I like to be happy, most times. Actually, I like to be happy all of the time, although I have realized that it is when I am not so extraordinarily happy, yet charged with sufficient energy that I am the most creative. I like to be happy because there is no trophy for sadness. Nothing is romantic about it. There is no medal for a constant gloomy state of mind. I have discovered that cheerfulness, laughter, conviviality are better alternatives to gloom, and sadness. I like to be sarcastic only because it gives me more avenue to laugh and be happy. I am an optimist in a way that can sometimes manifest in occasional pessimism, or is it sacrasm. But I love life, and I enjoy it, each second of the way. This is my affirmation of life.
I’m thinking back to some good times I’ve had in life. Some times, the days appear long and a simple conversation with a pleasant company either over the phone or in an internet chat brings back moments of familiar conviviality, I relapse into a sweet nostalgia of the fun care free days. They are not gone yet. They are here still. I smell them in the cold night air. Tonight I remember Ibadan, not of childhood and innocence, but of youth and pseudo-recklessness and revelry. Well, not so much. I remember Sola Olorunyomi with his truck, his bicycle and his guitar at the Students Union Building bar in the Ibadan University campus in the early 2000, discussing poetry and politics within cigarette smokes, beers and music. There was Loomnie. There was Benson. There was Bukky who loved Benson, and there was Benson who loved his bottle. There was Luvles. There was Olads. There was Kemi who later became Idayat. There was Pinheiro. There was Lola. There was Kunle. There was fun. There was the religious Seni who had a bible verse for every situation. There was Chiedu, and Chido. There was Busola, who had a first class in Linguistics. Then there was Ropo, and Chris Dudu, and Funmi who liked to write daringly. There was poetry. There was Ify. There was Najite. There was harmattan and the dry wind of November. Then there was Uncle Prof whom we embarrassed by reading his love poems back to him in that public get-together. There was his lovely wife. There was Adelugba. There was the Arts Theatre which never ever ceased to be a fun place to be at evenings. And then, there was Nike who was so thin she almost didn’t have a shadow. There was Sophie who smuggled tobacco in from Germany to give to Benson, and there were Nadine and Bettina who saw Ibadan once with Sophie and could not wait to return, just to see us. There were days of walking all night from the University all the way to Dugbe. There was Noffield House. There was palm wine and pepper soup at Niser. There was Elizabeth. And there was Bidemi. There was fun Biodun who died, but was so tall that his legs stuck out of the coffin. There was Henrietta who I liked, and who Olumide liked, but who perhaps thought that we were all bad boys. There was Demola who was going to be a monk, and who became a butt of beer jokes. And later there was changed Demola who finally fell in love and got Ope before Pinheiro made his move. There was UCJ, and the different folks it attracted. There were endless dinners. There were endless protests. There was Mellamby Hall. There was Upper Mellamby. There was room A52 and its many adventures. There was Fidho. There was Ibukun. There was Kunle. There was Ositelu. There were riots. There were strikes. There were moments of silliness and idleness. There were moments of stupidity. They were good times.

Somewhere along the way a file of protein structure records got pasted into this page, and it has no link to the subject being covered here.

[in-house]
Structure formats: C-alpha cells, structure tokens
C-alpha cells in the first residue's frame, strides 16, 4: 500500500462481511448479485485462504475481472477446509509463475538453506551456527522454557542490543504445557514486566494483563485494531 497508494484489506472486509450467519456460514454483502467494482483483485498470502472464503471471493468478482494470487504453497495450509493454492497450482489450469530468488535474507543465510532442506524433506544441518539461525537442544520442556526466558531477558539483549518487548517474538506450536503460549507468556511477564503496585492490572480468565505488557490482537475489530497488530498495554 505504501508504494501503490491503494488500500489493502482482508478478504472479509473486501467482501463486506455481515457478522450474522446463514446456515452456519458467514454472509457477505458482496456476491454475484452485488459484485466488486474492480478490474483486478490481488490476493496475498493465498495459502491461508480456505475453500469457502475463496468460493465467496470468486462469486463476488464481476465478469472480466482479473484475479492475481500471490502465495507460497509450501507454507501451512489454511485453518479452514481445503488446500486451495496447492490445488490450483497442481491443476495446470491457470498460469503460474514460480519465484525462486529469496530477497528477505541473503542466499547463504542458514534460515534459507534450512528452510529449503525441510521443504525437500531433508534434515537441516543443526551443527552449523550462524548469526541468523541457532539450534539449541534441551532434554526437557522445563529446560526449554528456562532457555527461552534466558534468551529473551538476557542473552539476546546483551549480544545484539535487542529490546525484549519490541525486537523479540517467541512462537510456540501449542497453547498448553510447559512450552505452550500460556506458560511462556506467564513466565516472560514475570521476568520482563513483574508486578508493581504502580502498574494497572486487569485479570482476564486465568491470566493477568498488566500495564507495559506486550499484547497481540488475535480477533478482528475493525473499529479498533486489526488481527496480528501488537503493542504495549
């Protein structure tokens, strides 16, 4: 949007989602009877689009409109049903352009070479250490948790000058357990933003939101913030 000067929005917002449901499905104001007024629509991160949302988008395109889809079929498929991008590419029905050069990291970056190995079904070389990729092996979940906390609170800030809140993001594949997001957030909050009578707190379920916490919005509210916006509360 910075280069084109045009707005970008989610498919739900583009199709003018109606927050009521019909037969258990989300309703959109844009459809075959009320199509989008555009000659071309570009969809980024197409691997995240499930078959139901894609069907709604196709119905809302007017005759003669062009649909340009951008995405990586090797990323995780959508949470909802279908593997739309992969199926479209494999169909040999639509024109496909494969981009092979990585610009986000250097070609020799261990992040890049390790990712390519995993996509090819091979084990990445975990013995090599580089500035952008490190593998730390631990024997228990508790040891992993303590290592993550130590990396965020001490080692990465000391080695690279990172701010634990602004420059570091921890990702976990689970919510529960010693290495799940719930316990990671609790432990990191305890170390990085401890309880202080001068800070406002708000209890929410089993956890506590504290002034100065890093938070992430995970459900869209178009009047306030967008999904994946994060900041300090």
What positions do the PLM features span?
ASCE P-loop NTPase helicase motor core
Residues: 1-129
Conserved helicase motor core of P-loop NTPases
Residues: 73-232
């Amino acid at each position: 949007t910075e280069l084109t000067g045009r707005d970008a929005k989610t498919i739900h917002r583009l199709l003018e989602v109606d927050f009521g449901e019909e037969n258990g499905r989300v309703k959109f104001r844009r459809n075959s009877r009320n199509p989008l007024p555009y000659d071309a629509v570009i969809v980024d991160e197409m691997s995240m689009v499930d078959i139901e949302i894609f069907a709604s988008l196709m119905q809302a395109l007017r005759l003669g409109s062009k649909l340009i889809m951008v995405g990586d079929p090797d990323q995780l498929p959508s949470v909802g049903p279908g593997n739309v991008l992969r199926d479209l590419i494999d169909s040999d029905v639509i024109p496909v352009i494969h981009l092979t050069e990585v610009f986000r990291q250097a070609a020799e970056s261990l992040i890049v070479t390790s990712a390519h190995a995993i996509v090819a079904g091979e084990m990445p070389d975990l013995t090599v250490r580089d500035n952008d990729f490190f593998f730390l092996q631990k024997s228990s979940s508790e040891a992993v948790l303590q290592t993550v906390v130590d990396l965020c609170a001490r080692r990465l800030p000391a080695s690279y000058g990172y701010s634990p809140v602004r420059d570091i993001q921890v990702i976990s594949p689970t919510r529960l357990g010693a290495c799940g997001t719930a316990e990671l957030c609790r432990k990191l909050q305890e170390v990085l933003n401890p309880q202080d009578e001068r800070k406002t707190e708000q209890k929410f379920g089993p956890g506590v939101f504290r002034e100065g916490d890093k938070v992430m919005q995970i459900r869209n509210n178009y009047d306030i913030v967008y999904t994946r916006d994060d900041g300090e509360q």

I remember Lagos a few days before I travelled to the United States, at the Silverbird Galleria for a mini bear summit. There were books. There was laughter. There were jokes. There was Tolu, and Chris, and Rayo and Kris, and Bukky and Sunkanmi, and music. And ice cream. There was fun. And food. Before then, there was Bimbo on the expressway. Then Elizabeth, sometimes earlier in the day. Then there was Food Major, and roasted beef. And family. And Jolaade. And Leke. And Yemi. And Laitan. And strawberry juice. And suya. Tonight, I remember the good times. Whenever the cold wind blows within recurring laughters, whenever I smile, whenever the days seem long and only a phone conversation, or a pleasant internet chat, connects me with a world I have since left for a little while, I remember the good fun times. Those are the moments that count.